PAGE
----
Retired Vice-Admiral Robert Harward has turned down U.S. President Donald Trump’s offer to fill in the post of National Security Adviser. He was predicted to be next top Adviser after Michael Flynn was ousted on Monday; Mr. Flynn had misled the Vice-President Mike Pence over his conversations with Russia’s ambassador to the U.S., Sergei Kislyak.
The U.S. media is insisting that the former Vice-Admiral wanted to bring in his own team, but a White House official cited Mr. Harward’s family and financial commitments as the reasons for declining the job offer.
The 60-year-old former Navy SEAL is currently based in Abu Dhabi as an executive for Lockheed Martin, a U.S. Defense contractor. This is what Mr. Harward said to the AP:
“The Trump administration was very accommodating to my needs, both professionally and personally. It’s purely a personal issue.”
When asked specifically about reports that he wanted to bring in his own staff at the National Security Council, “I think that’s for the President to address,” he replied.
President Trump said on Friday that four people were currently being considered for the role including General Keith Kellogg, the new acting national security adviser. The setback regarding Mr. Harward came after President Trump claimed in a news conference that there was no disarray in the White House and the administration was running like a “fine-tuned machine.” He robustly declined media reports at there was chaos in the White House.
The White House is going to announce the name of its new communications director later tonight (Friday), and Mike Dubke, the founder of Republican media group Crossroads Media, is likely to fill in the role.
The retired Army Lieutenant-General, Michael Flynn was ousted over claims that he discussed sanctions with the Russian envoy even before he was appointed as the National Security Adviser. If true, this would have been a breach of the law as private citizens can’t engage in diplomacy.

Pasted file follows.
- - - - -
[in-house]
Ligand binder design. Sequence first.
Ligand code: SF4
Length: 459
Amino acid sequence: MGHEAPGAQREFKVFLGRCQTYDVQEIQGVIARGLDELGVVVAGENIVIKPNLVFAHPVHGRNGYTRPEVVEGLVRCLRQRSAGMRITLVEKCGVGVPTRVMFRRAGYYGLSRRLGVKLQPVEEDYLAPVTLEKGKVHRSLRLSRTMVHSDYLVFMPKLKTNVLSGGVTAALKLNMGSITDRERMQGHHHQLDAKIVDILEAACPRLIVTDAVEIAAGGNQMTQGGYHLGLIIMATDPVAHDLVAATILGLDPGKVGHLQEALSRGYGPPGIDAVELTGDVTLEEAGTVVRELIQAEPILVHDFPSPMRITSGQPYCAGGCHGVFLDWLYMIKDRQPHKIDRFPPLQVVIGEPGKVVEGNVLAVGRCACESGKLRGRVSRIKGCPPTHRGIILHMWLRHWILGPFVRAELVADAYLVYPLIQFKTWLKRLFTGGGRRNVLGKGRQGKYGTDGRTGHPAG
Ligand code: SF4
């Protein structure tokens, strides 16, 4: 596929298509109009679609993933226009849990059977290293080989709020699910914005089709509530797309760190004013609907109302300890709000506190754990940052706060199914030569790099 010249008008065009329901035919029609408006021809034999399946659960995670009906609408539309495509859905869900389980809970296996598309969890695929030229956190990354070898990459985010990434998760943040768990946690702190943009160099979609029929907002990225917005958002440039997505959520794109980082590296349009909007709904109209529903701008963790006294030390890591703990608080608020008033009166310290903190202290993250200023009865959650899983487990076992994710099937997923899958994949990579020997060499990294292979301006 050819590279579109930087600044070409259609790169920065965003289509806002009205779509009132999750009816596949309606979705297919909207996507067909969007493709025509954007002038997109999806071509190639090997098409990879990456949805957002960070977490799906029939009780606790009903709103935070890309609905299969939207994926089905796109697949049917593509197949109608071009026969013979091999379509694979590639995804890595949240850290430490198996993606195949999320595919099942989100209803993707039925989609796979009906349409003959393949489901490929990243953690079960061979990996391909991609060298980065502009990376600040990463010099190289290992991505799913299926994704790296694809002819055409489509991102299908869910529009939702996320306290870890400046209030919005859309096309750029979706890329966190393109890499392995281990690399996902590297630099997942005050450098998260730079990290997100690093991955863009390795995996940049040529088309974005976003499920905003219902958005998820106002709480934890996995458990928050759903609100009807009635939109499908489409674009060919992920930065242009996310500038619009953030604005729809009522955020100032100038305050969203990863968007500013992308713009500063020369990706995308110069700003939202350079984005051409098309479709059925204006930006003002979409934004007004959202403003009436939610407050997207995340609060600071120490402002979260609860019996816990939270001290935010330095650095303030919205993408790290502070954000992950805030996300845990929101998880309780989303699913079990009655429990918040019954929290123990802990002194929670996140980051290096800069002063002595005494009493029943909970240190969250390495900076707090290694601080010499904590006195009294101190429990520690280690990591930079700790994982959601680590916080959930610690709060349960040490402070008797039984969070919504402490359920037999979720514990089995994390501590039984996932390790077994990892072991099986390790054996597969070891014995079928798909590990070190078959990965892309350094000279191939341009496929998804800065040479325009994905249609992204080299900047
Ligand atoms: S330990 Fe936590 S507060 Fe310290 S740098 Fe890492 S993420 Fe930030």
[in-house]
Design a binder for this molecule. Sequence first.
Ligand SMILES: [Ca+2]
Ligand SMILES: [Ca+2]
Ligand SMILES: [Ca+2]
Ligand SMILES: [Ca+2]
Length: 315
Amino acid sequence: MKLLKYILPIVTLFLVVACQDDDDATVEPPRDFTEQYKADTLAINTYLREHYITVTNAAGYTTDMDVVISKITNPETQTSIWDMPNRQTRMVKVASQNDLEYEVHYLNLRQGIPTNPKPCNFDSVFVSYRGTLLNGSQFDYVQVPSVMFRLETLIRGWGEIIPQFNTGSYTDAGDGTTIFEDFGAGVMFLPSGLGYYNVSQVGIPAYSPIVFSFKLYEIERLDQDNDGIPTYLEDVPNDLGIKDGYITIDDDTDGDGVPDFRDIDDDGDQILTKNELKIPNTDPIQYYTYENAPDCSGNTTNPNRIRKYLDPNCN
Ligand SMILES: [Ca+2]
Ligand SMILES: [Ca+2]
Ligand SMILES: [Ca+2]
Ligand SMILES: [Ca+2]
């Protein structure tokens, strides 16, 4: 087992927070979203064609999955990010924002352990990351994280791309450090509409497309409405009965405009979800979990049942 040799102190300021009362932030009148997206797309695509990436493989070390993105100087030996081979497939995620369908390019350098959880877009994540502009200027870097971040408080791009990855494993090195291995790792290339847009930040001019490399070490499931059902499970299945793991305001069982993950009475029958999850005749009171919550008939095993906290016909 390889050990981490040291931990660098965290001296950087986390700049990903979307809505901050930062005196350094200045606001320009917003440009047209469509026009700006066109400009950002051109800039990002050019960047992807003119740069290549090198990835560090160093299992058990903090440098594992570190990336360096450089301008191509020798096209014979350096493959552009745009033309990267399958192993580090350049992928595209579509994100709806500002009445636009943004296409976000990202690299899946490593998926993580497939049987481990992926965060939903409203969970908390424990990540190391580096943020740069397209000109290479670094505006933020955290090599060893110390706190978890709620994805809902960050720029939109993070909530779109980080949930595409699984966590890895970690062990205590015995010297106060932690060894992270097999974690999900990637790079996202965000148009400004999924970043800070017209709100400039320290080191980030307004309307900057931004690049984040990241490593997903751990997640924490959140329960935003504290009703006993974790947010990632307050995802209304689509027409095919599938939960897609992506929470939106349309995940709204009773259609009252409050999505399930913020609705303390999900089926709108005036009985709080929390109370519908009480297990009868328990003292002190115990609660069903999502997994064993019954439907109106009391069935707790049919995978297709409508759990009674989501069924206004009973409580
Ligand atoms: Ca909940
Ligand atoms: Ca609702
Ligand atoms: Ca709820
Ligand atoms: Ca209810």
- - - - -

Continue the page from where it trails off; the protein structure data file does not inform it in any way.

Mr. Flynn, who had initially declined to discuss sanctions with Moscow’s Ambassador to Washington, was asked for a resignation by President Trump citing he misled Vice-President over his conversations with the diplomat. Leading Republicans were calling for an investigation over the intelligence leaks that eventually led to his resignation.
Among the four choices, either General David Petraeus or the acting security adviser Keith Kellogg is expected to assume the job.
The 72-year-old retired three-star general, Keith Kellogg has more than 30 years of experience in the Army and served in Vietnam, Panama, Cambodia and the Gulf before retiring in 2003 after which he became security consultant for Oracle Corp., a software giant.
Mr. Petraeus, a former four-star general, was heading CIA in 2012 when he had to retire after it emerged that he provided classified information to his biographer, with whom he was having an extramarital affair as well.
He’s still on two years’ probation after the conviction for mishandling classified information. If he wishes to move to Washington D.C., he would have to notify his parole officer.